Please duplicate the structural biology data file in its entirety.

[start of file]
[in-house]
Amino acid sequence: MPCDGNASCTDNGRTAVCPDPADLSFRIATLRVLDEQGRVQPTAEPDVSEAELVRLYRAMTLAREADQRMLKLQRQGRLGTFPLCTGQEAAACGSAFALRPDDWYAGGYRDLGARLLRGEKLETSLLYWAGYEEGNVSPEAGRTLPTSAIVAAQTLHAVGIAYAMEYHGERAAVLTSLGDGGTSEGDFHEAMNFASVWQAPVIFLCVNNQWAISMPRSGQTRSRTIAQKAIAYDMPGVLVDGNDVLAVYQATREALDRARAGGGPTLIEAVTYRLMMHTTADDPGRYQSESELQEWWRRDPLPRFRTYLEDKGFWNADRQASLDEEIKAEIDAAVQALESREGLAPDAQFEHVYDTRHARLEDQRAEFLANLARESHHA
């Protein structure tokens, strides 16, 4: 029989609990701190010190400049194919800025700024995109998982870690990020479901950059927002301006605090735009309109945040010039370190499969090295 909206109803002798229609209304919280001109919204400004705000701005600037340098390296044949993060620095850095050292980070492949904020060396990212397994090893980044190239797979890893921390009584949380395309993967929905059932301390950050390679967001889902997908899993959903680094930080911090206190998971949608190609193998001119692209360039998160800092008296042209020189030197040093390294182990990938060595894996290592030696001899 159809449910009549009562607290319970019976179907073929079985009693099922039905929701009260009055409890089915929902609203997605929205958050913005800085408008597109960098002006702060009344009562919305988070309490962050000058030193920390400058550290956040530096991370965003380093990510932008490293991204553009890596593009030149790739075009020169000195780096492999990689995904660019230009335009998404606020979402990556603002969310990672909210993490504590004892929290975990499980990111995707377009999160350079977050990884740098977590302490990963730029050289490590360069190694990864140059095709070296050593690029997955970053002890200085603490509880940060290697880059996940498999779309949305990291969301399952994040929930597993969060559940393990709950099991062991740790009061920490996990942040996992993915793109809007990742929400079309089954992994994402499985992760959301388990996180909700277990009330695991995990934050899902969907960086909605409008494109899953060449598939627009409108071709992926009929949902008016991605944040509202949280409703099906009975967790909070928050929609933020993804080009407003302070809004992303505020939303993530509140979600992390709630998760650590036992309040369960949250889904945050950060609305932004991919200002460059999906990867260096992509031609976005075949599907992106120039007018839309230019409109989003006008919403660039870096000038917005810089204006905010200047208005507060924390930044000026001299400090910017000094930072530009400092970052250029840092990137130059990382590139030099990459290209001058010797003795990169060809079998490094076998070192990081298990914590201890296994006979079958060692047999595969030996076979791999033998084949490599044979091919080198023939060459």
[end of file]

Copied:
[in-house]
Amino acid sequence: MPCDGNASCTDNGRTAVCPDPADLSFRIATLRVLDEQGRVQPTAEPDVSEAELVRLYRAMTLAREADQRMLKLQRQGRLGTFPLCTGQEAAACGSAFALRPDDWYAGGYRDLGARLLRGEKLETSLLYWAGYEEGNVSPEAGRTLPTSAIVAAQTLHAVGIAYAMEYHGERAAVLTSLGDGGTSEGDFHEAMNFASVWQAPVIFLCVNNQWAISMPRSGQTRSRTIAQKAIAYDMPGVLVDGNDVLAVYQATREALDRARAGGGPTLIEAVTYRLMMHTTADDPGRYQSESELQEWWRRDPLPRFRTYLEDKGFWNADRQASLDEEIKAEIDAAVQALESREGLAPDAQFEHVYDTRHARLEDQRAEFLANLARESHHA
């Protein structure tokens, strides 16, 4: 029989609990701190010190400049194919800025700024995109998982870690990020479901950059927002301006605090735009309109945040010039370190499969090295 909206109803002798229609209304919280001109919204400004705000701005600037340098390296044949993060620095850095050292980070492949904020060396990212397994090893980044190239797979890893921390009584949380395309993967929905059932301390950050390679967001889902997908899993959903680094930080911090206190998971949608190609193998001119692209360039998160800092008296042209020189030197040093390294182990990938060595894996290592030696001899 159809449910009549009562607290319970019976179907073929079985009693099922039905929701009260009055409890089915929902609203997605929205958050913005800085408008597109960098002006702060009344009562919305988070309490962050000058030193920390400058550290956040530096991370965003380093990510932008490293991204553009890596593009030149790739075009020169000195780096492999990689995904660019230009335009998404606020979402990556603002969310990672909210993490504590004892929290975990499980990111995707377009999160350079977050990884740098977590302490990963730029050289490590360069190694990864140059095709070296050593690029997955970053002890200085603490509880940060290697880059996940498999779309949305990291969301399952994040929930597993969060559940393990709950099991062991740790009061920490996990942040996992993915793109809007990742929400079309089954992994994402499985992760959301388990996180909700277990009330695991995990934050899902969907960086909605409008494109899953060449598939627009409108071709992926009929949902008016991605944040509202949280409703099906009975967790909070928050929609933020993804080009407003302070809004992303505020939303993530509140979600992390709630998760650590036992309040369960949250889904945050950060609305932004991919200002460059999906990867260096992509031609976005075949599907992106120039007018839309230019409109989003006008919403660039870096000038917005810089204006905010200047208005507060924390930044000026001299400090910017000094930072530009400092970052250029840092990137130059990382590139030099990459290209001058010797003795990169060809079998490094076998070192990081298990914590201890296994006979079958060692047999595969030996076979791999033998084949490599044979091919080198023939060459």